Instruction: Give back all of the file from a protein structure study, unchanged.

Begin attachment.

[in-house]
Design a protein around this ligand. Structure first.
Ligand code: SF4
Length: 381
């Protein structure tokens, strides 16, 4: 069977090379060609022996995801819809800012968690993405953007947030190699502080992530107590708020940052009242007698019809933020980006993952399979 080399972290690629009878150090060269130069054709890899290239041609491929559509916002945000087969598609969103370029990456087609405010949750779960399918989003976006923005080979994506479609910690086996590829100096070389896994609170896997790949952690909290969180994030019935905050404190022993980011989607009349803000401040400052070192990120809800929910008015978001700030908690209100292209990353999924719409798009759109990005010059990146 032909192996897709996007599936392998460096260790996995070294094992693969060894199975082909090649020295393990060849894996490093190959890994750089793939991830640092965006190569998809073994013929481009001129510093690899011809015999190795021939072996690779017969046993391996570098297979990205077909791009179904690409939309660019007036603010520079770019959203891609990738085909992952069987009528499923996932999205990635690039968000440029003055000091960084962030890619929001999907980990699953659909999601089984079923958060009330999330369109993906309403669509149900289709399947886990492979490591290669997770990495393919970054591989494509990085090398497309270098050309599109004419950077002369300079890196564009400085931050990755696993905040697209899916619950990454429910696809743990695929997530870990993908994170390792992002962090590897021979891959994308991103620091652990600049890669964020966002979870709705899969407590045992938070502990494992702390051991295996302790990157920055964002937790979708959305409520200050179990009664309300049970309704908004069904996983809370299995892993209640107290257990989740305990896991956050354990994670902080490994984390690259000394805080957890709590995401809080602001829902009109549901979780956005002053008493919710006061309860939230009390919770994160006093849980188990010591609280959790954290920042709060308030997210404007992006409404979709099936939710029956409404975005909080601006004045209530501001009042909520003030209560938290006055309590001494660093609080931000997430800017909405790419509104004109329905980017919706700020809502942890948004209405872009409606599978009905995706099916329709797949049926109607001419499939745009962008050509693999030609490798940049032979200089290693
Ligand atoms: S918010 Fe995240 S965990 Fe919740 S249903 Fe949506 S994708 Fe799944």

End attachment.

[in-house]
Design a protein around this ligand. Structure first.
Ligand code: SF4
Length: 381
């Protein structure tokens, strides 16, 4: 069977090379060609022996995801819809800012968690993405953007947030190699502080992530107590708020940052009242007698019809933020980006993952399979 080399972290690629009878150090060269130069054709890899290239041609491929559509916002945000087969598609969103370029990456087609405010949750779960399918989003976006923005080979994506479609910690086996590829100096070389896994609170896997790949952690909290969180994030019935905050404190022993980011989607009349803000401040400052070192990120809800929910008015978001700030908690209100292209990353999924719409798009759109990005010059990146 032909192996897709996007599936392998460096260790996995070294094992693969060894199975082909090649020295393990060849894996490093190959890994750089793939991830640092965006190569998809073994013929481009001129510093690899011809015999190795021939072996690779017969046993391996570098297979990205077909791009179904690409939309660019007036603010520079770019959203891609990738085909992952069987009528499923996932999205990635690039968000440029003055000091960084962030890619929001999907980990699953659909999601089984079923958060009330999330369109993906309403669509149900289709399947886990492979490591290669997770990495393919970054591989494509990085090398497309270098050309599109004419950077002369300079890196564009400085931050990755696993905040697209899916619950990454429910696809743990695929997530870990993908994170390792992002962090590897021979891959994308991103620091652990600049890669964020966002979870709705899969407590045992938070502990494992702390051991295996302790990157920055964002937790979708959305409520200050179990009664309300049970309704908004069904996983809370299995892993209640107290257990989740305990896991956050354990994670902080490994984390690259000394805080957890709590995401809080602001829902009109549901979780956005002053008493919710006061309860939230009390919770994160006093849980188990010591609280959790954290920042709060308030997210404007992006409404979709099936939710029956409404975005909080601006004045209530501001009042909520003030209560938290006055309590001494660093609080931000997430800017909405790419509104004109329905980017919706700020809502942890948004209405872009409606599978009905995706099916329709797949049926109607001419499939745009962008050509693999030609490798940049032979200089290693
Ligand atoms: S918010 Fe995240 S965990 Fe919740 S249903 Fe949506 S994708 Fe799944």